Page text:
By Laura Spagnoli and Elena Martini

With decision of last October 27 (the Italian version is available here), the Italian Competition Authority (AGCM) issued an administrative fine of 10 million euros (the maximum amount possible) against Apple for breach of the Italian Consumer Code, and more specifically for misleading and aggressive commercial practices.

The contested commercial practices were the following:

  1. A) Apple’s promotional messages highlighting iPhones’ water resistance at certain depths and for a certain period of time (variable in relation to the different models), sometimes accompanied by a disclaimer which specified that damage caused by liquids and the costs of related technical assistance were however not covered by the warranty;
  2. B) Apple’s refusal to provide consumers with a warranty service for damage caused by liquids.

As for practice A), the AGCM had argued that Apple’s advertising messages accompanied by the indication of the maximum depth and duration of immersion misleadingly enhanced the characteristic of water resistance, because such a characteristic did not actually refer to the daily and ongoing use of the devices and misleadingly led the consumer to believe that the products could not only be in contact with water, but could also withstand immersions.

According to Apple, however, the abovementioned promotional messages in no way suggested that the products could withstand prolonged or intentional immersions in situations such as swimming or scuba diving, or that they were waterproof. On the contrary, the specification of the degree of water resistance was to be understood as mere technical data concerning the outcome of the laboratory tests in which these capacities had been measured.

Nonetheless, the AGCM concluded that Apple’s dissemination of advertising images depicting the devices immersed or hit by powerful jets of water, as well as the almost complete lack of specifications that the level of water resistance referred to the use of smartphones in the same conditions in which the test had been carried out, led consumers to perceive the device as waterproof and, therefore, constituted a misleading advertising message.

Moreover, according to the Authority, the exclusion of the damage to the products caused by liquids from the warranty also constituted a misleading practice: on the one hand, in fact, it was unable to narrow the scope and limits of the widely emphasised characteristic of water resistance; on the other hand, it misguided consumers on the possibility of exercising their right of replacement or refund pursuant to article 130 of the Consumer Code. More specifically, such deceptiveness stemmed from the fact that it was not clarified that the limitation of the warranty was exclusively referred to the conventional warranty (see below), such specification was not always displayed in advertising communications and, where displayed, it was not easily readable/accessible.

As for practice B, Apple’s refusal to provide a warranty service for damage caused by liquids, according to the Authority, constituted an aggressive commercial practice. In fact, when a professional boasts some specific product characteristics (e.g. water resistance, immersion, duration) he is required to guarantee the compliance of the product to the claimed characteristics and to provide assistance to consumers who claim defects and/or damage resulting from the use of the product in accordance with a specific advertising message. According to the AGCM, therefore, Apple’s refusal to provide such a warranty led consumers to bear the repair/replacement costs and unduly influenced their behaviour, preventing the exercise of their rights relating to the warranty on the purchased products.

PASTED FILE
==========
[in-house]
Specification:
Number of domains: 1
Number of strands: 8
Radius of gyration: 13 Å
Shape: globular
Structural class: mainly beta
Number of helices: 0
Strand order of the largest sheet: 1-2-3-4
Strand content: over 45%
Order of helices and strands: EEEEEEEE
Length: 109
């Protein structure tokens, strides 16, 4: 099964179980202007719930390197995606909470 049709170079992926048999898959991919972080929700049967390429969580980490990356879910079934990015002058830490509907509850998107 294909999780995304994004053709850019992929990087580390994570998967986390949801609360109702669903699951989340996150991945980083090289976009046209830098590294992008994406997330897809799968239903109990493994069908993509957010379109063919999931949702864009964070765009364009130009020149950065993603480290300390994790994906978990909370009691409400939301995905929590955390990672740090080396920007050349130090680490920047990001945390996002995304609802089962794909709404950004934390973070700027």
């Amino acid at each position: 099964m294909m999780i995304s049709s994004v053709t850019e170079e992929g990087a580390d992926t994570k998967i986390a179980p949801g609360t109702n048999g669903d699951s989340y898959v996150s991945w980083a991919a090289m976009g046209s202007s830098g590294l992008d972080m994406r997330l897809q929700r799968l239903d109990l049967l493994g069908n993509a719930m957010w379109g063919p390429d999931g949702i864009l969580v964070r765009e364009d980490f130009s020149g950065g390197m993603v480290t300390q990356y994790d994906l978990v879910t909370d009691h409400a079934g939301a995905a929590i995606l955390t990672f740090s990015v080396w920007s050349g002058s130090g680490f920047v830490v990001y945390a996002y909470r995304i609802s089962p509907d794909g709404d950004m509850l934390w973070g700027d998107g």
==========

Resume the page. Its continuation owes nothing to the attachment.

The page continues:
In this regard, Apple argued that the exclusion of the warranty referred to the “additional” warranty of a commercial (or “conventional”) nature governed by article 133 of the Consumer Code, which did not concern the consumer’s inalienable rights and therefore allowed the professional to exclude from it, as in the present case, certain categories of damage, without prejudice to the so-called legal warranty pursuant to article 128 et seq. of the Consumer Code. According to the AGCM, however, this distinction between conventional and legal warranty – not even specified to the consumer – had no relevance in this case: the documents acquired during the proceedings, in fact, clearly proved that Apple had refused to provide customers with assistance in the event of damage to the products deriving from liquids and, therefore, with the legal (and inalienable) warranty under Article 128 et seq. of the Consumer Code.

Therefore, having acquired the opinion of the Italian Communications Authority – which considered that the dissemination also through the internet of the misleading and aggressive claims had significantly influenced the scope of the disputed commercial practices – the AGCM ascertained:

  1. a misleading commercial practice under articles 20, 21(1)(b) and (g) of the Consumer Code, with reference to the water resistance claims and the contextual exclusion of the warranty in the event of damage resulting from liquids;
  2. an aggressive commercial practice under articles 24 and 25 of the Consumer Code, with reference to the refusal to provide assistance and warranty rights in the event of malfunctions and damage caused by liquids.

At the end of the proceedings, the AGCM thus issued a pecuniary administrative fine for the maximum amount allowed for each infringement, for a total amount of 10 million EUR, and ordered Apple to cease the contested misleading and aggressive commercial practices. The exemplary fine was quantified by taking into account the multiple infringements, the duration and severity of the same, and the fact that Apple is an international leader in the field of medium-high-end smartphones, which boasts a strong loyalty of customers to its products.